Also, sometimes the new relationship you forge in this process is just as good as accomplishing your goal. Those relationships can live on—and that’s how networks are built!

As I listened to Ami talk about facilitating these types of connections, I began reflecting on all the times a query I threw into the wind came back in the form of a solid connection that enabled me to act. There were so many! If joining this initiative as a Connector could help take the casual “I know a guy” way of forming connections to the next level, I knew I wanted to help.

How Lima could benefit

I would love to see a better network of contacts here in Lima—a real forum people know they can turn to for resources. In Lima today, there’s a lot of dynamism between the government, third-party organizations, and the people.

There are many energetic, passionate social justice movements going on, and when Ami presented his analogy of the apartment building, I couldn’t help but think Lima was just the same: a space filled with people and ideas that would benefit from better coordination.

A glance at the Team page for Lima doesn’t speak much to our efforts to connect here. But that’s ok for now. For me, one of the most important roles of a Connector is to adapt the standard model to the local context. Connectors need to be flexible and in tune with their areas—what works in one context might not in others.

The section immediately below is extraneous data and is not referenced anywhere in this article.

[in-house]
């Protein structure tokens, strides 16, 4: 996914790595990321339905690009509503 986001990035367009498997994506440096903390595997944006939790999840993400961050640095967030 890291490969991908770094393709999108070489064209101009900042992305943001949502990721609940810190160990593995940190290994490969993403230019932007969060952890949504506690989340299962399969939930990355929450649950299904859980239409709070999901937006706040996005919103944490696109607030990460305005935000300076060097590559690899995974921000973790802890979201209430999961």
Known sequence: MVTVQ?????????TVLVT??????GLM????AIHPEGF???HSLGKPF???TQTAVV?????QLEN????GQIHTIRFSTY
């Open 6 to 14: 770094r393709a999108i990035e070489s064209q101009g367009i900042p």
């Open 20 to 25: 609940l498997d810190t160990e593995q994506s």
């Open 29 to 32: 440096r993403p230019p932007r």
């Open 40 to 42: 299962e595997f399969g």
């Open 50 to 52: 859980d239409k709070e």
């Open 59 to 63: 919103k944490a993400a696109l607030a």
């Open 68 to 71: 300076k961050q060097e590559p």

In the case of Lima, Internet-based social movements are not the norm, so the number of online Team members won’t necessarily reflect how we’re getting connected, at least right away.

The first thing to do as a Connector here is simply to spread the word. After explaining the initiative to future allies throughout my own networks, I’ll encourage them to jump on board and keep the momentum going by sharing with their friends in turn. It’s important to remember that successfully connecting will happen in a more organic way here.

You can message or connect with AJ on Idealist.

If you live in or near Lima, join her Team! Or look for Teams in your area. If you’re not a Connector yet, learn more and sign up here.

Tags: , , ,



Field Report! Team meetings in San Diego, California

San Diego is on a roll!

The city is already home to 26 Connectors who have held two meetings. And so far, so good.

“Everyone was very enthusiastic, worked well together, shared their backgrounds, and came up with great ideas and questions,” says Lissa Tsu.

Fellow Team member Diana Osorio agrees.